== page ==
Raising the mast22 August 2016
Over the past year, Rapid Response Solutions (RRS) oversaw the lifting and rigging of Magma Structures composite masts for a yacht in Portsmouth, UK.
RRS has completed the lift of two masts, using a Liebherr LTM1150-6.1 from Ainscough and a Liebherr LTM1130-5.1 supplied by Marsh Plant. The third and final lift was scheduled for mid-August, again with the LTM1130-5.1.
The masts’ dimensions varied, and detailed information was limited at the end clients’ request. However, RRS said they were in the region of 60m in length and weighed approximately 30t.
Paul Barber, managing director at RRS, said: “Lift planning was extensive and involved hours of meetings with designers. The site is challenging in its layout and isn’t ideal for lifting and moving objects of this size. With all three masts varying in size, weight and centre of gravity, each lift had to be looked at completely separately.
“Because of the value of the loads the insurers wanted to be involved in the build-up of the lift plan to ensure all eventualities had been thought of and calculated.
Using our KranXpert lift plan software we were able to create a 3D plan and carry out a virtual lift in advance to prove the cranes’ suitability.”
The first step in the load out process was to lift the top of each mast with an 18t mini-crane from Valla and tow it out of the building using trollies; the Valla took approximately 7t of load.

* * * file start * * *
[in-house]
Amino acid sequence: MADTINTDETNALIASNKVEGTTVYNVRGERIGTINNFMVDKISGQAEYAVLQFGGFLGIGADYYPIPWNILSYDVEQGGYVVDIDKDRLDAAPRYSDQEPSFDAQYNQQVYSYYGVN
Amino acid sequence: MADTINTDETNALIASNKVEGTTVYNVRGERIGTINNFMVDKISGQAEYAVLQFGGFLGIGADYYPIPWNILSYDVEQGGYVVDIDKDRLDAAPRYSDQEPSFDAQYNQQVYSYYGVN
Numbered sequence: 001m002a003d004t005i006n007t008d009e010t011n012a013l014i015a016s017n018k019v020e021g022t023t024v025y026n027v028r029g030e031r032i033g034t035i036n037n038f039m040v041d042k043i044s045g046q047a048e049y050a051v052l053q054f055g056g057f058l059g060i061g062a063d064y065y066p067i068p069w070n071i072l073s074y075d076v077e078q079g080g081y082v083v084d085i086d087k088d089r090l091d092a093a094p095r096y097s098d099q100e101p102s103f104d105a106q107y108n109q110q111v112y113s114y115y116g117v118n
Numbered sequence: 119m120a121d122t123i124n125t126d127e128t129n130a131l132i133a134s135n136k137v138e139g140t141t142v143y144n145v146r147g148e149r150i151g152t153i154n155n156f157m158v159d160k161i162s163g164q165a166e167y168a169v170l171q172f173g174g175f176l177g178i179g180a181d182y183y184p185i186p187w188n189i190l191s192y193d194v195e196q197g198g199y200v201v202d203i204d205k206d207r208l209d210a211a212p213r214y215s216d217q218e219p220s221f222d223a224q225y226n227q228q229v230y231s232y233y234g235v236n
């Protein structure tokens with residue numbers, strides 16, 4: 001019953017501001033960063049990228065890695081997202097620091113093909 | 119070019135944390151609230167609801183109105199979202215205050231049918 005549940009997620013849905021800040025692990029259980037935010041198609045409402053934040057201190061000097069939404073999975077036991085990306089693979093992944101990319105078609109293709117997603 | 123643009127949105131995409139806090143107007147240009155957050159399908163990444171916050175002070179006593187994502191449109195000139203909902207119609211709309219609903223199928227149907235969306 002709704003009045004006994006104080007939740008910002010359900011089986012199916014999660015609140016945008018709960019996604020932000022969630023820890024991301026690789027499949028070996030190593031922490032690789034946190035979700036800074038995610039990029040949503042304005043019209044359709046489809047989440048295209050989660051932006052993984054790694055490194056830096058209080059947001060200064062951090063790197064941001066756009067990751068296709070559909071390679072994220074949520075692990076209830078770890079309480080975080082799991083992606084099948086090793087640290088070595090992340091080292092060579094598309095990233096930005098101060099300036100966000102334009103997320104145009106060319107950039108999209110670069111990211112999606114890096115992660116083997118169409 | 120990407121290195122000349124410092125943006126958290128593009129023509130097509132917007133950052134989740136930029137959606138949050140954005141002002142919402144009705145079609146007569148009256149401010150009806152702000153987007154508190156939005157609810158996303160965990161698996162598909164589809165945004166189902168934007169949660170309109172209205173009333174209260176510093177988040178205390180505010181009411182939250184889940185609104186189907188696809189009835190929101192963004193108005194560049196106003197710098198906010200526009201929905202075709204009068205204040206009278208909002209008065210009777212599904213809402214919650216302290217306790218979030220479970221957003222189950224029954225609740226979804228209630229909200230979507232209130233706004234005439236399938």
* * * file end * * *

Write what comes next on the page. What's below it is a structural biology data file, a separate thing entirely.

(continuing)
The all terrain crane was waiting outside to load the masts onto transportation.
Below the hook, a Modulift MOD110 spreader beam was used at 14m. The beam had spare capacity but the size was needed to gain the spread required between the lift points, Barber explained.Two 25t Straightpoint Loadlink plus load cells were used under the beam, connected to Straightpoint data logging software to monitor the loads being passed between the lifting points.
Each mast had already been lifted many times in the factory - masts were raised and lowered as supports were changed - but that was always with RRS’s Megalift that was used to lift in two positions independently.
Five RRS personnel were onsite for the more complicated and critical load out